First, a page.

[Advocate Blanca] Hernandez, however, says she would like to see the county's library system delve deeper into the Hispanic community in the future.
"Talking to people in groups and really learning about them is the way to do it," Hernandez said. "Who better than Hispanics would know what we want to read?"
The Salem Public Library a couple weeks ago hosted an exemplary community forum. "Open mike event draws crowd," in the Salem Statesman-Journal (12/11/02), tells the story:
The 10th annual event commemorated the 54th anniversary of the United Nations Declaration of Human Rights. Moderated by Paul King and sponsored by the city’s Human Rights and Relations Advisory Commission and other local groups, the event [gives voice to] those who often feel ignored...
Maria Rojas related her story through a translator. She spoke in Spanish of being ignored by the cannery she worked at when she was hurt on the job. And she recalled receiving less than ideal service when she went to a local hospital seeking medical help for another work-related injury.
From: Lisa Furubotten LFURUBOT@lib-gw.tamu.edu
Sent: Monday, December 23, 2002
Subject: FORO 2003 Transborder Library Forum
We would like to issue a special invitation to our colleagues and friends for the 2003 Transborder FORO.
The SOL site mentions many wonderful projects and interested
we hope that some of them will be inspired to attend, as well as
make presentations about their projects at FORO 2003.
Our pals at Raven Tree Press in Wisconsin produce lovely bilingual kids' books packed with full-color illustrations on 32 quarto-size pages between hard covers. But don't take our word for it—view their online catalog to get an idea of what you might win if you nail this issue's quiz.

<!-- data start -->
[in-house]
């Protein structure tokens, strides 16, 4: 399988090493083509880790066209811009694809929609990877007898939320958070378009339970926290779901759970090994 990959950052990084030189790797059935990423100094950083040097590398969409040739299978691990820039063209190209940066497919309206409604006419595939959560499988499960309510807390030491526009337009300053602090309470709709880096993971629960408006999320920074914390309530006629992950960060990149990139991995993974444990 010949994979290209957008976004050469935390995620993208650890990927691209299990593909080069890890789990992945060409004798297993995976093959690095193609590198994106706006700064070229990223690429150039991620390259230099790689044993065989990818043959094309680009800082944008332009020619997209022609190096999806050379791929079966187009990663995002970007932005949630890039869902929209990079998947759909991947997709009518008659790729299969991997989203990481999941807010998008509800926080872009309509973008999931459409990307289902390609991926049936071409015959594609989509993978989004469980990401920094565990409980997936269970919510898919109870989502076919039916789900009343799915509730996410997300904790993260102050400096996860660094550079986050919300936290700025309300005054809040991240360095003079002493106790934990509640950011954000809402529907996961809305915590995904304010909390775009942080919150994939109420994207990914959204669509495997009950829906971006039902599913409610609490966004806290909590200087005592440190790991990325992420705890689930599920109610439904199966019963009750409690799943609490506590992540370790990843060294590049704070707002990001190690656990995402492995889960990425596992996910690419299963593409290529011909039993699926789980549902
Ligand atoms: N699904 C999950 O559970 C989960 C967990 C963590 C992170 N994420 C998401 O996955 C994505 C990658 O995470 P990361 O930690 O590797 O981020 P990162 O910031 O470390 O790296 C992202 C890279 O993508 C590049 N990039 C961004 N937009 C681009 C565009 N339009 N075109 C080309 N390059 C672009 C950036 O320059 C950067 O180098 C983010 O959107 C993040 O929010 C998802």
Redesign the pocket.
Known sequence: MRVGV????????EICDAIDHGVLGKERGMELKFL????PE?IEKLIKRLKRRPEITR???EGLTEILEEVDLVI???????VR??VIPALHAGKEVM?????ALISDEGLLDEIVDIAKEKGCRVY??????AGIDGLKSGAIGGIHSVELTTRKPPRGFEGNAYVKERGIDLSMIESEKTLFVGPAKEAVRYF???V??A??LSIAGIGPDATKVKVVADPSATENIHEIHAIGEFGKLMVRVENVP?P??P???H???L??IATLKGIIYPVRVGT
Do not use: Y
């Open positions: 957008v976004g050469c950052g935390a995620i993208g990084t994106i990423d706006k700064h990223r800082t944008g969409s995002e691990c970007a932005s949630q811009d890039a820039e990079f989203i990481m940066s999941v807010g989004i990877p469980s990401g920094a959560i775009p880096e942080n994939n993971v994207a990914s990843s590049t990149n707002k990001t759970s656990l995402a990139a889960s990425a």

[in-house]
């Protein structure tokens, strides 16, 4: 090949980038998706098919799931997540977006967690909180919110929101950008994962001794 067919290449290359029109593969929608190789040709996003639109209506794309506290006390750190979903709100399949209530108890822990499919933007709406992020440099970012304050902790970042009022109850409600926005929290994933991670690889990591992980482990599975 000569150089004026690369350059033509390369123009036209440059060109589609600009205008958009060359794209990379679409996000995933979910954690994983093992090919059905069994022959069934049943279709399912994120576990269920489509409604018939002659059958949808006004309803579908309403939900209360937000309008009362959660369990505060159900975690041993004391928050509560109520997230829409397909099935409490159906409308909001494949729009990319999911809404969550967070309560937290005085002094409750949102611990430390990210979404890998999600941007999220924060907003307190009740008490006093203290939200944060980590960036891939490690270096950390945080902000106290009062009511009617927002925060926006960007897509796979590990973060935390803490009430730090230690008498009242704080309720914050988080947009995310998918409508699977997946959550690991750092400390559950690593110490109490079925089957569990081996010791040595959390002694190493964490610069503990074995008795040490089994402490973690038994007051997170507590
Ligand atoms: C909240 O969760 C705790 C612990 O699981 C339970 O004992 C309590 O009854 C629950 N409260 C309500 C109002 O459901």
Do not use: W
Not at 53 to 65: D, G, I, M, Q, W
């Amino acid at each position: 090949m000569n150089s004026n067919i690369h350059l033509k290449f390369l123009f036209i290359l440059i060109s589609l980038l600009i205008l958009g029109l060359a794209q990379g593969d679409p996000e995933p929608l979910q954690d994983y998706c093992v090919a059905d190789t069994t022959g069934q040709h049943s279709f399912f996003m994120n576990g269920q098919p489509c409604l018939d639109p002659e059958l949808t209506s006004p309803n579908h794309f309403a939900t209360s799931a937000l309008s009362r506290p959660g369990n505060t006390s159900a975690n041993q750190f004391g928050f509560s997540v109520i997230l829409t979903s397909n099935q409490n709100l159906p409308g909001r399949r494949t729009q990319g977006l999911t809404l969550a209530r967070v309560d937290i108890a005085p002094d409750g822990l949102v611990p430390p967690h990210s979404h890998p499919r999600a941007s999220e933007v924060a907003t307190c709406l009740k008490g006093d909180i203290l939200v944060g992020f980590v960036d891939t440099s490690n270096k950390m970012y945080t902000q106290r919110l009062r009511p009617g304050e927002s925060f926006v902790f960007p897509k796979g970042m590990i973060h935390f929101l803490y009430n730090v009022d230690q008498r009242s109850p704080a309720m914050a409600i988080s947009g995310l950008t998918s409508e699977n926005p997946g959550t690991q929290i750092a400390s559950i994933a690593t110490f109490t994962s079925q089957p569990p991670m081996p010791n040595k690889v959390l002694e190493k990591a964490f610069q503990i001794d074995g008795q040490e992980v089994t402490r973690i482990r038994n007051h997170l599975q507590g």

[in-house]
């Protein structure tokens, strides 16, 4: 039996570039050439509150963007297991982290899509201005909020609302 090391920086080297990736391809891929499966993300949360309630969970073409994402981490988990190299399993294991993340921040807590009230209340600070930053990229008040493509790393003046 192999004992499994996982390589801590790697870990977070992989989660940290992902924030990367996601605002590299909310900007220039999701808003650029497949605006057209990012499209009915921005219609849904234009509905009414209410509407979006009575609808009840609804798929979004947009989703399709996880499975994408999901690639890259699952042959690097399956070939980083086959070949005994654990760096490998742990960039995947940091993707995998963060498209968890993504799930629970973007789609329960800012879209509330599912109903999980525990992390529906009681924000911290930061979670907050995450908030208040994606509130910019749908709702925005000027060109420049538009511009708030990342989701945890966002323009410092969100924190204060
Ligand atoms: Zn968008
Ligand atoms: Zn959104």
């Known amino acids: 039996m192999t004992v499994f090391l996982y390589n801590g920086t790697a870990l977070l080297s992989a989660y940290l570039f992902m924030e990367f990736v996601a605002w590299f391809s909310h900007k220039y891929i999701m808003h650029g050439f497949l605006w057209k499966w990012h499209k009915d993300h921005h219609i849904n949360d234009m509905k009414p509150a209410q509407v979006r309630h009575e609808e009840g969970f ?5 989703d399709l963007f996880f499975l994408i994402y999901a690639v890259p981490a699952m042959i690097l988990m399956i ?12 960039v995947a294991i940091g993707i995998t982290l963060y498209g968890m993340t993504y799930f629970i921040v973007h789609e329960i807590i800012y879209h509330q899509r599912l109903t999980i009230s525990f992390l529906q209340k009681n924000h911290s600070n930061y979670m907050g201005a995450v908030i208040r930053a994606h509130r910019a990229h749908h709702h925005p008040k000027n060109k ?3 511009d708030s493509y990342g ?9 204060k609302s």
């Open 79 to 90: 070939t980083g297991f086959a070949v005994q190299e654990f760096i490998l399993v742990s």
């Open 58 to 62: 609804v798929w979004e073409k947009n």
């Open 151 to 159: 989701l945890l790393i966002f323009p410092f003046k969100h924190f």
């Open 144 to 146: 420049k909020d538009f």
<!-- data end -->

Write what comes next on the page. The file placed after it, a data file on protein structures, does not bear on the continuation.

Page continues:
The question's easy, and it goes like this: Sergio Aragonés has been filling the margins of MAD Magazine with wordless cartoons for 40 years, and he's spent 20 on his Groo, the Wanderer comic books...so what was Sergio's country of birth, and what's the name of Groo's dog? That's a two-part question. First correct respondent gets a pair of Raven Tree Press Spanish + English books: a $35 value.
Their hearts might be in the right place, but the Friends of Cuban Libraries' poignant obsession with, uh, "regime change" on the island has soured many potential allies—due in large measure to the group's imaginary, oft-exercised License to Lie. The latest target is Yours Truly, who's grateful that in this case the fibs are simple to spot.
The Friends, you see, had been cluttering the Reformanet listserv with their take on an incident at the Guadalajara Book Fair; Flaco posted some links to press coverage of the event and suggested—archly, he admits—that the Friends' version might not be the only possible interpretation. Their version is, after all, contradicted by a reporter who closely covered the FIL for a major mainstream, not leftist, daily.
Radamés Suárez, a Friend indeed, responded by saying Flaco was wrong, wrong, wrong, and went on to allege that "Reporters for La Reforma...were also in attendance, and they identified Eliades Acosta as a leader of the assault."
Trouble is, Flaco's original message had already linked to La Reforma's coverage (the Guadalajara daily El Mural is part of the Reforma newspaper group), which did no such thing. But, hey—our Friend didn't link to any of his "leader of the assault" stories, so who was to know that Radamés is waaay full of beans? He's ignored several personal invitations to explain his deceptive message.
This one's for Joe Strummer
Bruce Jensen email@example.com